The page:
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market, for the poor return of a similar privilege in the country from whence they come?' Why have we not had courage to curb regret at seeing the fair portion of traffic which has arisen since the peace in other countries, and to leave it undisturbed to them ? and why have we sought possession of a portion of it at the enormous cost of equal admission here? If it be good for such a connexion to take place, it must be equally discreet for the beggar and the man of capital to divide their means together-for unincumbered youth to wrestle or to race with more
The whole of our British trade would surely equal in employment for shipping the half we now retain, and the meagre portion we receive from abroad, while the profits on the trade would not be unnaturally destroyed by a rivalry ruinous to the more expensive vessels. This principle of reciprocity tends universally to introduce equality in prices : the advantages of the older country are shared with its neighbour, while all its burdens remain its own. These are a few of the reasons, which I have briefly traced, for considering that it was better to have retained the supply of all British wants for British ships, and to have allowed the smaller traffic of other states to be ministered to where they desired it by their own.
I will now add a few remarks on your second principle—that for the shipping interest of this country it would be better if none of its requirements were produced at home; or, in other words, if Great Britain were a barren rock, dependent on winds and waves for every want, for every source of wealth. I trust it will never be necessary to show that the shipping interest of this country, an interest which must be dear to every British heart, requires the sacrifice of still more substantial sources of our strength--it has no such claims—it bears a due proportion to other branches of the state, and requires an equal care ; but beyond this relative importance it cannot be fairly advanced, nor should it sink below. Whatever, therefore, the benefits might be which commerce could derive by an act of direct aggression upon other interests of the state, it is what justice can never recommend, and what I trust the shipping interest of the country would neither require nor accept.
A greater connexion with our Indian possessions, it is considered by many, would be a great national good; bnt if arguments are advanced to promote that cause, as connected with a system of general trading, which is free to introduce the most extensive mischief from its extreme unfairness and inequality, even this more natural connexion with our own colonies will be looked upon by many as a similar evil, and will perhaps undeservedly meet with similar opposition. I am, Sir, your most obedient servant,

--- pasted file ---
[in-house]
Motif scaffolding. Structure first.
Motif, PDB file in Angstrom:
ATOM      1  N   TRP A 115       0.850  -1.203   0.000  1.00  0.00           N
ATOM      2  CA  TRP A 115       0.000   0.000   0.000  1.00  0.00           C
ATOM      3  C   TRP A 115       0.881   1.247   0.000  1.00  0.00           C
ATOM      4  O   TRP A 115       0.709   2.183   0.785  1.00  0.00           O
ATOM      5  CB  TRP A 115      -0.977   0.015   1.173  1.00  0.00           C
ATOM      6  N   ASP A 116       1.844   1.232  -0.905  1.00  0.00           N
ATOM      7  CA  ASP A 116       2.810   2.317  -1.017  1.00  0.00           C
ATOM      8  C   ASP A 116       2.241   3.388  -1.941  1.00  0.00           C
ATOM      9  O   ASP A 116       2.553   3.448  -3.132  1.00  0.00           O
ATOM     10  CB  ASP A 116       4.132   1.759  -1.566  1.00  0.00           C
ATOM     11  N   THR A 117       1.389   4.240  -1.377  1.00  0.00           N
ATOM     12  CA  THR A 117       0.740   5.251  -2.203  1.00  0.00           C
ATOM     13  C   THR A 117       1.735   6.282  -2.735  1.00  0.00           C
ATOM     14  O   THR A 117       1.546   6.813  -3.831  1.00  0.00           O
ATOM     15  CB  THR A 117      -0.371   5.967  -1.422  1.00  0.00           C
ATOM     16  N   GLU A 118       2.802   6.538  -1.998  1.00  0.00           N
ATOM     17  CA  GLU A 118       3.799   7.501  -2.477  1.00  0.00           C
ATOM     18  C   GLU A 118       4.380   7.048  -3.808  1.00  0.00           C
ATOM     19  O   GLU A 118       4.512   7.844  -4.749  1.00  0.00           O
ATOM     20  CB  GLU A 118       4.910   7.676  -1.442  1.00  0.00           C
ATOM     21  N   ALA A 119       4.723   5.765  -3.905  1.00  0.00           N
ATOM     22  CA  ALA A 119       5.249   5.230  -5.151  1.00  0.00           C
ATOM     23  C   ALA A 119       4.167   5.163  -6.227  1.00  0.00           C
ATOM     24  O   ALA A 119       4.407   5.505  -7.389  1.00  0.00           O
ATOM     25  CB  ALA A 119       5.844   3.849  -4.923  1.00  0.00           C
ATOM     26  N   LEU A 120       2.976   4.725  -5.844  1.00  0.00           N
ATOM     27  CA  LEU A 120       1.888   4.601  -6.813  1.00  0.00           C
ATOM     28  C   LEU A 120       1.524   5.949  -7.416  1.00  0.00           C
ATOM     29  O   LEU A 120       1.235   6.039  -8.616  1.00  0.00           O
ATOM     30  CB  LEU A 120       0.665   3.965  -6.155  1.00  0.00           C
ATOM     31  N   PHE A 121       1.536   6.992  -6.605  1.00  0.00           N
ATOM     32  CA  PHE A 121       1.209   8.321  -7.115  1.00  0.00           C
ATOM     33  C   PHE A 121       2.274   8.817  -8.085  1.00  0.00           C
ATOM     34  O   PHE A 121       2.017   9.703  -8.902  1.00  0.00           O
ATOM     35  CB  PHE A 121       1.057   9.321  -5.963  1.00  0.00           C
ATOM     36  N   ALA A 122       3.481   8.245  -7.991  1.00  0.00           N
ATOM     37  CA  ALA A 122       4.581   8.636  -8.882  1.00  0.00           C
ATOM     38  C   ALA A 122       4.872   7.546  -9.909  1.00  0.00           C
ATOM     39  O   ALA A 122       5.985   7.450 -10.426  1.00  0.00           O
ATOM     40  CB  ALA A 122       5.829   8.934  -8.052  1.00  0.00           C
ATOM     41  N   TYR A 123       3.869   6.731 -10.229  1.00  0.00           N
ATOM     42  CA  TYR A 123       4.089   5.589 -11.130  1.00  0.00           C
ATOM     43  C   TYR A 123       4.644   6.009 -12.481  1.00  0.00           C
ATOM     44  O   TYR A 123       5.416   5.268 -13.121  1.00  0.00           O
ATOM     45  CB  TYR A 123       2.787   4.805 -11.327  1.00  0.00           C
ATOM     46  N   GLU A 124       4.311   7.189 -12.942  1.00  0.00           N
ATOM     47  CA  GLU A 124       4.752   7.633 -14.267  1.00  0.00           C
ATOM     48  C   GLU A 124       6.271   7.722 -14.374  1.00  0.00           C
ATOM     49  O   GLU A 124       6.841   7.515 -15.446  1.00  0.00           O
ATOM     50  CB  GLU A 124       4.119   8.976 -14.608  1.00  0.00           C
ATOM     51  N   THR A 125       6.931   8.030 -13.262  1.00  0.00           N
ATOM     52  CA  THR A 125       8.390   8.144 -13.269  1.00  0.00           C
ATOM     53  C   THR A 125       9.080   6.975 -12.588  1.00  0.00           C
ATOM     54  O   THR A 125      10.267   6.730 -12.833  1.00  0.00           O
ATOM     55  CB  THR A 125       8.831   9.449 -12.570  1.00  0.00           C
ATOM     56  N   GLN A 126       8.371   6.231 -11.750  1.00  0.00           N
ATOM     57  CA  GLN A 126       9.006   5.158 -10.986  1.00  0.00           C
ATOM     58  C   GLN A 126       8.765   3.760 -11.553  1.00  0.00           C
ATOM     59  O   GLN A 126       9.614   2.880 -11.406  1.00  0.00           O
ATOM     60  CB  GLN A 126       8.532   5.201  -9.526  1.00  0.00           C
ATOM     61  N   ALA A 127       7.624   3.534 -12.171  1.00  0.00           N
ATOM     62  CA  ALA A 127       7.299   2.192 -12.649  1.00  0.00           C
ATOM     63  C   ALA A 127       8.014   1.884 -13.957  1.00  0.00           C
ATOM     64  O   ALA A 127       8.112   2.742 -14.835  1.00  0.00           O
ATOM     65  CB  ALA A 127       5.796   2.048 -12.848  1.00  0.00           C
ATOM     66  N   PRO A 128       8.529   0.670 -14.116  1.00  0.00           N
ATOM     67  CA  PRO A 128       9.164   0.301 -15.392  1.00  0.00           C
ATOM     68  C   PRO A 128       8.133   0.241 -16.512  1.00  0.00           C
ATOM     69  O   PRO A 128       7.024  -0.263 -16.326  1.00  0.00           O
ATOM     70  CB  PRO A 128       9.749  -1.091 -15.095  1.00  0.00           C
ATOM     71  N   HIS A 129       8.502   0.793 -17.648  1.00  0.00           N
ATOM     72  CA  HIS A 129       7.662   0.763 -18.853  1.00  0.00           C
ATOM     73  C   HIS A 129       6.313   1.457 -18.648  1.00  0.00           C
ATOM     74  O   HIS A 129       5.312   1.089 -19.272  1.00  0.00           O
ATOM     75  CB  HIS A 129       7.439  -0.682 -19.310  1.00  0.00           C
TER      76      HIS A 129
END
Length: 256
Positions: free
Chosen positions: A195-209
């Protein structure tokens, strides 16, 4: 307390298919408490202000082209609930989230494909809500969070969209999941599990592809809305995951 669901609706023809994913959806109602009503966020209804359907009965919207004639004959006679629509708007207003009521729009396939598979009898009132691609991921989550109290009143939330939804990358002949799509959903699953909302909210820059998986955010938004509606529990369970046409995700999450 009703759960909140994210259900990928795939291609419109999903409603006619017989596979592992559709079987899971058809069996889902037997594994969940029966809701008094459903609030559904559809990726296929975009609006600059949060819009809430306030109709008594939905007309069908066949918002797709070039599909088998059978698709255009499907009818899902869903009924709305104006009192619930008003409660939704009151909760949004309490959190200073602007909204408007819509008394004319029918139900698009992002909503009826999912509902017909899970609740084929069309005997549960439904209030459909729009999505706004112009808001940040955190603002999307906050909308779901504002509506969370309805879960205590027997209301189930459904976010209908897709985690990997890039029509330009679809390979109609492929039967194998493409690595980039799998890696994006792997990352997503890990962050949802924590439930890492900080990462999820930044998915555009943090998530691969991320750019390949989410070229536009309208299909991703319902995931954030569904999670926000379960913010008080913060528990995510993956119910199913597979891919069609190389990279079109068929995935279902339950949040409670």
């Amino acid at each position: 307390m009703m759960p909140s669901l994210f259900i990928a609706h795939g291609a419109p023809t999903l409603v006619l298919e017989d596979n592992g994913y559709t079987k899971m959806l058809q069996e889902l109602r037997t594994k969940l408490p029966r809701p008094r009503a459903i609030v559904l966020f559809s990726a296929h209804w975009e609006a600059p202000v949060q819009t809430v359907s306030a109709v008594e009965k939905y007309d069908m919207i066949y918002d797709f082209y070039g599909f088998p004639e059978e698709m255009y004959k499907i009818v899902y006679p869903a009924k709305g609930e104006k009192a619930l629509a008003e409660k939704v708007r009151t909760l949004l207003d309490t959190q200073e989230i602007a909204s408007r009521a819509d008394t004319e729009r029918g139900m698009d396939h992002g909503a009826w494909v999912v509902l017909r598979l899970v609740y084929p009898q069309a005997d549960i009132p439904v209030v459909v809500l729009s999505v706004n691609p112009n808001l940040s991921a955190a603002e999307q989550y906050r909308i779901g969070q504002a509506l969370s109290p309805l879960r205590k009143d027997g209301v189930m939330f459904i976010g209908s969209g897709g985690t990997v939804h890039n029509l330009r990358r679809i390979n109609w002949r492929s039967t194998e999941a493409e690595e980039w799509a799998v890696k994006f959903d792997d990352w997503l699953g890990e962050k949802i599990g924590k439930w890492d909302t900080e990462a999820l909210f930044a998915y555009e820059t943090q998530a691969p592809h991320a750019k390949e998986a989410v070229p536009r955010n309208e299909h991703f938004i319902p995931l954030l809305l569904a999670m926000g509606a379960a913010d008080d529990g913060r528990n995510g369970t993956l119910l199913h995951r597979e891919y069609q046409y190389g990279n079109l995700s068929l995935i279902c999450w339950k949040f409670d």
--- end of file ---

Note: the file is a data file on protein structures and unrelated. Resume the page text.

GEORGE WEBB HALL.
We insert in another column a letter which we have received from Mr. George Webb Hall, the Gloucestershire agriculturist, addressed to Mr. Buckingham, and contraverting the opinions expressed by that gentleman at Whithy in defence of Free Trade. In noticing Mr. Buckingham's lecture we designated his arguments as conclusive and unanswerable, and Mr. Hall's object is to show that the Lecturer and ourselves are alike mistaken. We cheerfully insert his letter, being friends to discussion, and we shall also insert any reply which Mr. Buckingham may
think proper to send, if indeed the pressure of that gentleman's engagements should permit him to give an answer. Lest, however, he should be too much occupied for this purpose, we shall take the liberty to make a few comments of our own on Mr. Hall's letter.
Without meaning any disrespect to Mr. Hall, whose talents and manly candour we gladly acknowledge, we must say that his letter appears to us to be filled with false, principles and untenable positions. He sets out with stating he means to impugn Mr. Buckingham's idea that a country which has the greatest number of its wants supplied from without is the most favourable to the shipping interest.' We are surprised that Mr. Hall should attempt to contravert this position ; first, because it seems to us to be a self-evident truth; and, second, because that truth in itself has no bearing whatever on the agricultural question. Can it be for a
Oriental Herald, Vol. 23.
moment questioned that that country (especially if an island) will need the greatest number of ships, which receives the most of its supplies from foreign parts ? or that that country will need the fewest ships, which raises every thing it consumes within itself? Mr. Buckingham did not assert that a country which required the greatest number of ships would be wealthiest or happiest ; but, in pointing out the especial absurdity of Mr. Sadler's attempt to enlist the ship-owners against Free Trade, he shewed that they, of all classes, were most interested in extending our foreign commerce, and in opposing the narrow doctrines which would teach us to eschew all dependence on foreigners for the supply of any of our wants. Mr. Hall has evidently understood Mr. Buckingham as contending that the country which had most of its wants supplied from abroad was the wealthiest and happiest, for this is the notion which he sets himself to confute ; but this was not Mr. Buckingham's meaning, and what he really said amounted to little more than a truism. We may here say, however, by the bye, that foreign commerce cannot be un. favourable to domestic industry, but just the reverse ; for a country which would buy from others must produce something wherewith to pay them, and precisely in proportion to the amount of foreign commodities she imports must be the amount of domestic products which she exports.